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sump pump weight type switches. Where did they all go?

ChrisJChrisJ Member Posts: 11,332
What happened to the type of sump pump switch that used two weights on a cord?

This is just something I've been wondering and I'm thinking with the amount of seasoned plumbers on this site someone will have an answer . In the house I grew up in we had some serious water problems that required three sump pumps to keep up with at times. We had quality pumps all of which had a switch that had two weights. When the water got half way up the top weight the spring loaded switch clicked on, when it got half way down the bottom weight it clicked off.

All 3 pumps never had switch problems. The oldest was a 1958 Homart 1/2 HP submersible and was still in use at least until 2006. The switches clamped onto the pipe via a simple hose clamp if I remember correctly.
Single pipe quasi-vapor system. Typical operating pressure 0.14 - 0.43 oz. EcoSteam ES-20 Advanced Control for Residential Steam boilers. Rectorseal Steamaster water treatment


  • icesailoricesailor Member Posts: 7,265
    edited January 2014
    Float Switches:

    Myers sells a ALC 18P in either 120 volt or 240 volt. I always used them on new installs or replacements for broken float switches mounted inside the sump tank.

    ALC = All Liquid Control, 18p= 18' cord with appropriate plug. They mount on a braided nylon cord and are held in place with a stainless steel set screw for adjustment for any range desired.
  • ChrisJChrisJ Member Posts: 11,332

    So you still can get them.

    Any idea why they seem rare?
    Single pipe quasi-vapor system. Typical operating pressure 0.14 - 0.43 oz. EcoSteam ES-20 Advanced Control for Residential Steam boilers. Rectorseal Steamaster water treatment
  • icesailoricesailor Member Posts: 7,265

    Well, because the other float type aren't cheap. The mercury bulb  ones are cheaper. And you can't set the range unless you use a controller. Then, you need two switches. One for ON and one for OFF

    The mercury ones are nice because you can clamp the wire on the discharge pipe inside the pump chamber. When the wire breaks after MANY times of bending back and forth, they stop working. Or, if there is a crust that develops, it hangs up the float and the pump either doesn't stop, or it doesn't stop. So, you have to disconnect the piping and hope that you don't get covered with dirty water because the cheapskate original installer didn't put a valve in the drain or union at the tank. The float switch is usually separate with one of those unavailable queer plugs that plug in to a wall socket and you plug the pump in to. All is not in vain though, because if you direct connect the motor plug end into power, and the motor isn't jammed or burned out, you can pump out the pump chamber. Then, knowing that the pump is working, you can pull that nasty thing out and slap a new float switch on it. Which will again break from continuous bending of the wire.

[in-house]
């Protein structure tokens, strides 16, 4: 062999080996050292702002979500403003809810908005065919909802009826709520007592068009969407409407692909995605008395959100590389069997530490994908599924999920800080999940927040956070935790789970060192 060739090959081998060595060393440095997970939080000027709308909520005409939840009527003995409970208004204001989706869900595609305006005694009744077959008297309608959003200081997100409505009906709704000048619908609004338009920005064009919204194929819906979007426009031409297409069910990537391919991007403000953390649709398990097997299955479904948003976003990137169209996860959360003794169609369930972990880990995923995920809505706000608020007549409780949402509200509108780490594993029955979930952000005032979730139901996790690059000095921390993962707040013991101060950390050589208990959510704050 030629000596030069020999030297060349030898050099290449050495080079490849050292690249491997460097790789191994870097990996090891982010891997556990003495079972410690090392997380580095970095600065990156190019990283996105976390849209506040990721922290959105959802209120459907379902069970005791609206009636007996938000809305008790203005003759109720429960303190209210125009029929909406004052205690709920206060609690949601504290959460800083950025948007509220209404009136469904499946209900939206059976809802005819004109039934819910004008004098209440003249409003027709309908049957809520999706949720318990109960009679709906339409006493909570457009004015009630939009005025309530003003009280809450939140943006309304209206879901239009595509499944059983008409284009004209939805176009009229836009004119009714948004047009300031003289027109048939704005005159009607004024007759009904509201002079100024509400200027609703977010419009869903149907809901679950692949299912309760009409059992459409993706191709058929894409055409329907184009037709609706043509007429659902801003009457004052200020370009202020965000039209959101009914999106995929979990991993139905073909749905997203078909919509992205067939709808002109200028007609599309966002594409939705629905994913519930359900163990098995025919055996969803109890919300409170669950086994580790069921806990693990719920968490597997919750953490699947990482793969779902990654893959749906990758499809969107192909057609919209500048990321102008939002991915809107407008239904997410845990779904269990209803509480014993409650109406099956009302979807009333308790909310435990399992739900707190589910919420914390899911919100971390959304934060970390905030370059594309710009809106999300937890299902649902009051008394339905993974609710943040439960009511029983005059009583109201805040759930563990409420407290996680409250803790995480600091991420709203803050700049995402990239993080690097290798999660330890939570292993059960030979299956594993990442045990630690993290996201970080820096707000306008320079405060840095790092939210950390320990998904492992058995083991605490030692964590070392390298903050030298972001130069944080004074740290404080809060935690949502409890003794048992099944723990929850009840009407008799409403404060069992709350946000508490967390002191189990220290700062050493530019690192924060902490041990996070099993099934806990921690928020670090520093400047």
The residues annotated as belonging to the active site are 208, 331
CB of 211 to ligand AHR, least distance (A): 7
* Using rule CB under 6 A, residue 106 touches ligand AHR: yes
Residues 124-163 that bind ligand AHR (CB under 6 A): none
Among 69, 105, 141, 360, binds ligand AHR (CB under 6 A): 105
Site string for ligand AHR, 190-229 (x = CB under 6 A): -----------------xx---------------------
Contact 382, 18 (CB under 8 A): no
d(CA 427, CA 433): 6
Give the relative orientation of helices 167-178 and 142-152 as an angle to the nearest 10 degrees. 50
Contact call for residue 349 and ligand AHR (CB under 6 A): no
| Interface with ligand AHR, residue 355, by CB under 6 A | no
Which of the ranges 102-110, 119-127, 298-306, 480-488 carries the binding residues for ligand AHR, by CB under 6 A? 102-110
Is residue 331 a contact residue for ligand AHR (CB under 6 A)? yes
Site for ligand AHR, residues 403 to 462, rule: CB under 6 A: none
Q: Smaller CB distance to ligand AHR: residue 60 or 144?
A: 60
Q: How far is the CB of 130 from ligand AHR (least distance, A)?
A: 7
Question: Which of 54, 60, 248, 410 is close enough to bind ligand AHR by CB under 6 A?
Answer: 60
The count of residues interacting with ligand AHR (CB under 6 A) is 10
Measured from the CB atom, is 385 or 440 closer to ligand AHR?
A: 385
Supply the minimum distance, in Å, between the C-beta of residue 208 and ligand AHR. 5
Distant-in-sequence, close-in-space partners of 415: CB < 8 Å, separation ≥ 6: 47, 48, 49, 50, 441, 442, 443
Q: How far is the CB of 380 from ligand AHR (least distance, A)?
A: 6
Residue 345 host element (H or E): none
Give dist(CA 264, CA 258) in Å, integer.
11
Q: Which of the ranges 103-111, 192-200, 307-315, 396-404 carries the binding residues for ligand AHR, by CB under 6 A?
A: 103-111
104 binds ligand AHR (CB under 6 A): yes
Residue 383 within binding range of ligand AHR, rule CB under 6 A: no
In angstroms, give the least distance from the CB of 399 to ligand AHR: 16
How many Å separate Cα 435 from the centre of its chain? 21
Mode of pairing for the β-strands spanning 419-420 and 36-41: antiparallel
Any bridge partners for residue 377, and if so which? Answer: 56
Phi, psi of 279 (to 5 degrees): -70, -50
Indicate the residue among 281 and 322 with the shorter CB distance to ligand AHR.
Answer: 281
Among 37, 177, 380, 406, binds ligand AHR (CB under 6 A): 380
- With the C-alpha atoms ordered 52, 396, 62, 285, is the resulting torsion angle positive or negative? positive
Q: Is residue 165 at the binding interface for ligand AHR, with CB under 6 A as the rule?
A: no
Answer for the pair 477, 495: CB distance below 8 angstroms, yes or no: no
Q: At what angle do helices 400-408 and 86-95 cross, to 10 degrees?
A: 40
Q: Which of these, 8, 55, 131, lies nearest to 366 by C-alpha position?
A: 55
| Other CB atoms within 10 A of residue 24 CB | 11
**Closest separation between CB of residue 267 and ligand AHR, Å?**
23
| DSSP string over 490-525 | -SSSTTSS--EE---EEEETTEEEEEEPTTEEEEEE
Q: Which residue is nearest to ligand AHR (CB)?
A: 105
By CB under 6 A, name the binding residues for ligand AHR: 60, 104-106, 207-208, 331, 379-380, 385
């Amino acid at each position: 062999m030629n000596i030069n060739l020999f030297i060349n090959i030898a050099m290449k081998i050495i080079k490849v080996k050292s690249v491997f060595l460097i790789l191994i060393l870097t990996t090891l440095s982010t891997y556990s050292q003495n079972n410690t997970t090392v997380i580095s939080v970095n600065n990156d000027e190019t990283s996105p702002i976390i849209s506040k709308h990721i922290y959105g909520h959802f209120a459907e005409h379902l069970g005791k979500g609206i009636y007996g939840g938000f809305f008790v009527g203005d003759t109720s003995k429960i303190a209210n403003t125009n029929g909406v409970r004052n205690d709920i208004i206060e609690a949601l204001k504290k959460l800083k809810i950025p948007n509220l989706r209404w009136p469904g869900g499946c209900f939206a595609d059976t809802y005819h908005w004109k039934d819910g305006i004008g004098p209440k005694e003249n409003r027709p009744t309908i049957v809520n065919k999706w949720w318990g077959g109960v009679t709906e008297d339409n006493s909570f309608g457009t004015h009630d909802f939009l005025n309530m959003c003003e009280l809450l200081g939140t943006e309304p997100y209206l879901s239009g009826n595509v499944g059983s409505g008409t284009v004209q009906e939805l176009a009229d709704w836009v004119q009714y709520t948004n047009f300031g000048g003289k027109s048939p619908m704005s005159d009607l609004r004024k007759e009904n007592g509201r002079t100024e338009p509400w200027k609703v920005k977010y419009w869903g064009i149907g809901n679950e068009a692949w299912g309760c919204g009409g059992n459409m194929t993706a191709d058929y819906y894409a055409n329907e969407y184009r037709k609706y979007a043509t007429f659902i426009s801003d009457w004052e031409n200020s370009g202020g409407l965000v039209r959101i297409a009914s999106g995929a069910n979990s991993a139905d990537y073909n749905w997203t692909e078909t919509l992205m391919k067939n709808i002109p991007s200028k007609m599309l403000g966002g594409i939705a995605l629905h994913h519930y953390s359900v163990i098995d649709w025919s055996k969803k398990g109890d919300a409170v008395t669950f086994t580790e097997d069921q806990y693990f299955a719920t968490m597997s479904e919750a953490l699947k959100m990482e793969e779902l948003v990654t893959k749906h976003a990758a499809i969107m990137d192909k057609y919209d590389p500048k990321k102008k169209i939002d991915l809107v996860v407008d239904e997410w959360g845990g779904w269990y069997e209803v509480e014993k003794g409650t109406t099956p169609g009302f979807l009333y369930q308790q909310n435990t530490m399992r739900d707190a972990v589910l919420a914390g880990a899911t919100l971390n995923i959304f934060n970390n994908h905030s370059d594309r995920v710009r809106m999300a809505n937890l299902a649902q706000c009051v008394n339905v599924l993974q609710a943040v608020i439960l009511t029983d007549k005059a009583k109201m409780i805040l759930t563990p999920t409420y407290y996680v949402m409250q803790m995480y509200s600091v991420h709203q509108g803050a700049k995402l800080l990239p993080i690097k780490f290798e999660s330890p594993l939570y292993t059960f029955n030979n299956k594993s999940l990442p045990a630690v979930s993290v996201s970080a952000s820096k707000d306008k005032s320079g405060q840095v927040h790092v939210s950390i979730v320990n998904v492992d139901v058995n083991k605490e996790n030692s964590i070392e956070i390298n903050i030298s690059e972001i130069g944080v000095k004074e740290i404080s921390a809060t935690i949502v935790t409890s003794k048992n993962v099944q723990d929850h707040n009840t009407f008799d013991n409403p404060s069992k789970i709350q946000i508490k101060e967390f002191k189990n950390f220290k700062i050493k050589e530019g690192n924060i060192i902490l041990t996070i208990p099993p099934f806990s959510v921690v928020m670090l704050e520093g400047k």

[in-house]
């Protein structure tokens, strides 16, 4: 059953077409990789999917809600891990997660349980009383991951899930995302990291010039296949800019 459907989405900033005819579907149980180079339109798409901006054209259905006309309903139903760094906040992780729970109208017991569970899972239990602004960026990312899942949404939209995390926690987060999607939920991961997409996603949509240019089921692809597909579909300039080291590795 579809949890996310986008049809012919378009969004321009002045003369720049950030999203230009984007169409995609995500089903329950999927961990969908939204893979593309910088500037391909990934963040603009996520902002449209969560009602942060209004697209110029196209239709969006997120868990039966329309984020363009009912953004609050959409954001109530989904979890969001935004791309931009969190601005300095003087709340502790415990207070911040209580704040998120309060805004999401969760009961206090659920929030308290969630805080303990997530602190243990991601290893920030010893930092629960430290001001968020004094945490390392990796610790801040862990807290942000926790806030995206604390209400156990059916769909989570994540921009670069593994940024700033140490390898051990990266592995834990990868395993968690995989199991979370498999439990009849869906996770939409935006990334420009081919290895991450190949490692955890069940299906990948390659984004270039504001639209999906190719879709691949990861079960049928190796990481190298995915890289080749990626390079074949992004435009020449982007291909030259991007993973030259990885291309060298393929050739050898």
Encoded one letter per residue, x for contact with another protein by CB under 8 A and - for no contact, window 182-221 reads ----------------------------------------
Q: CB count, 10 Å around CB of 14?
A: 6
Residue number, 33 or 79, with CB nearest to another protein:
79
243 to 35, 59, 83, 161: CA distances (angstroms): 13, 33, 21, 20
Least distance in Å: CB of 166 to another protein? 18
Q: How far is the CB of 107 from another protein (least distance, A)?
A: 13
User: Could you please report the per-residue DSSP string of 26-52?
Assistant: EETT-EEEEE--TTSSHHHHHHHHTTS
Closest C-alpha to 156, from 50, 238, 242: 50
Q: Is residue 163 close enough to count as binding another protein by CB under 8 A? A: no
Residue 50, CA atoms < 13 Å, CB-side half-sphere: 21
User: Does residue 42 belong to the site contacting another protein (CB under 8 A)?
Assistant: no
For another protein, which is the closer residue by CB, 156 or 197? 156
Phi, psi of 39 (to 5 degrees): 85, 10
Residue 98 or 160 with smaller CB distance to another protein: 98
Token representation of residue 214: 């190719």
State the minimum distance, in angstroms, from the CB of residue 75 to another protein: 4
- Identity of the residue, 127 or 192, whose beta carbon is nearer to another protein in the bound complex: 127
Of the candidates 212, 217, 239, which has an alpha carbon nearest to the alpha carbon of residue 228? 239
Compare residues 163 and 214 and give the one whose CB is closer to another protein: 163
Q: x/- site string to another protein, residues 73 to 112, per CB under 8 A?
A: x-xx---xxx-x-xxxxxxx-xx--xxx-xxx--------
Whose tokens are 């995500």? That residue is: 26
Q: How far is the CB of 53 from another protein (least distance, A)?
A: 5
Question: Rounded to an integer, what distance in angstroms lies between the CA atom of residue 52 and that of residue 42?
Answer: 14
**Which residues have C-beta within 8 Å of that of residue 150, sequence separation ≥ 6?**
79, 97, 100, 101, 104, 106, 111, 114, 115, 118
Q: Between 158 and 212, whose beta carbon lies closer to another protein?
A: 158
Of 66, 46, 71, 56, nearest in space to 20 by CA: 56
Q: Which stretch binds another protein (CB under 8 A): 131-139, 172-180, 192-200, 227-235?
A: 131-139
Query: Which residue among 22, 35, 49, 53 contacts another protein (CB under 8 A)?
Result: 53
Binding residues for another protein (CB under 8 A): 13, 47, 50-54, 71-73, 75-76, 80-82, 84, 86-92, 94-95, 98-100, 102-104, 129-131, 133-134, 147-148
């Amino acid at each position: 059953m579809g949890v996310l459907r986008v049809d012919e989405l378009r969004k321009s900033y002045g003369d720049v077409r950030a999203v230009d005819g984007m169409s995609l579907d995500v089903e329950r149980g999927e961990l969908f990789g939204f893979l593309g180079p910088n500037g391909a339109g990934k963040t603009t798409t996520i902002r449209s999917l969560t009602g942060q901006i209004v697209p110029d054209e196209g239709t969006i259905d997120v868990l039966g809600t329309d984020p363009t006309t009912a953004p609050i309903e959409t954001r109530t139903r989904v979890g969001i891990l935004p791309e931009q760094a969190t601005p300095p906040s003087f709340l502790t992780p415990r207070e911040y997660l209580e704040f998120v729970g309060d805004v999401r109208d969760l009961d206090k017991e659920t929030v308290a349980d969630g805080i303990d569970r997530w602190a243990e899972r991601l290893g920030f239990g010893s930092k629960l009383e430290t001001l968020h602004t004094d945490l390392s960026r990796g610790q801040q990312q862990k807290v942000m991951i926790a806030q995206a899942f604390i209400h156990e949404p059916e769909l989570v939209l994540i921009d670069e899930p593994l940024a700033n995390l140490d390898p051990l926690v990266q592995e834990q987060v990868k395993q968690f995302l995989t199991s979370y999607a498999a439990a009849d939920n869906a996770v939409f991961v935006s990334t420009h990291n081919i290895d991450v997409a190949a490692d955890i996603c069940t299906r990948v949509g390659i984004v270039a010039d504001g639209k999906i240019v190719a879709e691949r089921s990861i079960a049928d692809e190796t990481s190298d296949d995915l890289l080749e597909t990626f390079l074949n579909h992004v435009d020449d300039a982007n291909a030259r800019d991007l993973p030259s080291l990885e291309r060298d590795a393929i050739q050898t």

Or, you can leave that whole nasty mess in place (as long as the motor is still working and pumping) and install the ALC-18P in the other hole in the tank top, where there is that extra hole in the cover, just perfect for that new external switch.

    They also work well in septic tank overflow chambers that take the "clear" water from the discharge of the tank and pump it into the leach field. You can install the switch so it is accessible in the top opening so you don't go inside that nasty, smelly hole to change the mercury switch.

    How do you cut a piece of wire when you don't have a pair of wire nippy's? Bend it back and forth until the wire breaks. Same way as the wire breaks in the mercury float switches.

    Why don't more use the ALC types? I don't know. They're smart and I'm not. Last Spring I had a customer with a 1,000 gallon septic tank so that he could pump sewerage up hill to the town sewer. The switch dies. I showed up with a ALC switch and I would have put it in. I had it in the truck. It would have taken me 1 1/2 hours both ways to change it to a ALC. The septic guy showed up and brought his septic sucker, and it took him all day to replace the switch with the old broken wire switch. He climbed into that nasty hole and changed it. He wanted no part of any switch that didn't require him going into that nasty, smelly tank. He's smart and I'm not.

    Snark-O-Meter switch is full on.

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